• Dedicated deployment, different frequencies are transmitted by each type of cells

Radio planning in HetNets

Different approaches are required in network planning and design for hyper densification of cells with multiple tiers so that fundamental objectives of increasing data rate and per-user spectral efficiency can be obtained. The deployment of frequency is the major challenge in the network planning of HetNets when limited spectrum is available and the other tiers reuse the frequencies of MCell. An important constraint in the deployment of co-channel is the inter-cell interference. As compared to classical deployment of Mcell, a higher number of interfering nodes are there in both UL and DL. High levels of interference are generated in the large number of Scells by reusing the same carriers.the interference can be minimized by using radio resource management procedures in such cases. Whereas, in case of large bandwidth availabilities, dedicated deployments are used which can control the interference in a better way.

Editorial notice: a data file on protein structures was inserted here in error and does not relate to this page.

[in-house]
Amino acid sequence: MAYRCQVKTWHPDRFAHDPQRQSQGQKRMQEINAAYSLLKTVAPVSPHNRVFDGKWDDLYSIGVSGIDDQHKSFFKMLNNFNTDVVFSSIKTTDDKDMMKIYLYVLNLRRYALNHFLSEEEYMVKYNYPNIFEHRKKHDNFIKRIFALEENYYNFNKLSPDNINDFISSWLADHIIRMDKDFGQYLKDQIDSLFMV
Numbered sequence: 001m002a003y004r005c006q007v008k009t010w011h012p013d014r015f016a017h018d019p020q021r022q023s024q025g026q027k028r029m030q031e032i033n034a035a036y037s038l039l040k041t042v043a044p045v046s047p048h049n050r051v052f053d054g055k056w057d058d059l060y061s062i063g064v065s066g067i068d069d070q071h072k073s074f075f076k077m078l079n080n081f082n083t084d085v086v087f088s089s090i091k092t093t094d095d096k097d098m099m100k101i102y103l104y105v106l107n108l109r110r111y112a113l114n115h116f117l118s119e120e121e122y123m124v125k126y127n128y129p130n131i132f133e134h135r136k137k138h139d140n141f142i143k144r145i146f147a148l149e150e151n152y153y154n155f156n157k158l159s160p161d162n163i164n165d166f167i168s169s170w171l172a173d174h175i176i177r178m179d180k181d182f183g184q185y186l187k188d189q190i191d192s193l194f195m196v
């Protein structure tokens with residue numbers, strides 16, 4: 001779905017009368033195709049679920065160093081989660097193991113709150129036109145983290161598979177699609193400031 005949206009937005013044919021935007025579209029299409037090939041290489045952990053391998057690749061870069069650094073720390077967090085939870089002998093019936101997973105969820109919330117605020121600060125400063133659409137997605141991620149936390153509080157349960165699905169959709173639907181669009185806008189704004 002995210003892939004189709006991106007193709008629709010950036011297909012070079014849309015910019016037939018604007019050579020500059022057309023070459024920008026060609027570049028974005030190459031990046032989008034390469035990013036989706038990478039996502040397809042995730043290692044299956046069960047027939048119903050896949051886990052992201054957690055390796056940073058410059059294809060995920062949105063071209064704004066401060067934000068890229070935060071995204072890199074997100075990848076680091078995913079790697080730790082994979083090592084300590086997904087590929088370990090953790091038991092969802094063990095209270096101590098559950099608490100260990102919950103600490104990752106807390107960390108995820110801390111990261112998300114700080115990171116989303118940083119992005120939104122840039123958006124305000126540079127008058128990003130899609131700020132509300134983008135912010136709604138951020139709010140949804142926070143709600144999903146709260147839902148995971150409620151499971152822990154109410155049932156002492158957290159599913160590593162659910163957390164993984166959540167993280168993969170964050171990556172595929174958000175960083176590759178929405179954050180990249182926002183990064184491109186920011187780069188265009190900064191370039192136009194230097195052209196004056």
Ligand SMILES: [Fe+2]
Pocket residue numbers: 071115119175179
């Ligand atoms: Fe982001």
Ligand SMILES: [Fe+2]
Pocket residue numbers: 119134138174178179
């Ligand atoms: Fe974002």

When there is very little migration of users from the Mcell, DL transmit power is low that results in low coverage of Scell. The size of Scell may increase with higher transmit power that may also increase the load of Scell. If the received power from the best UL serving cell and the best DL serving cell are different, the UE is said to be im DL/UL imbalance problem. In this case the UE is connected to Scell in UL and to Mcell in DL.

Also, providing energy efficient and low cost backhaul in the deployment of Scell is quite tricky. The Scell availability may be limited due to lack of high capacity backhaul. As a result, the availability of such resources can be considered by the cell association procedures so that sufficient quality of experience is provided to the users.

Improvement strategies in HetNets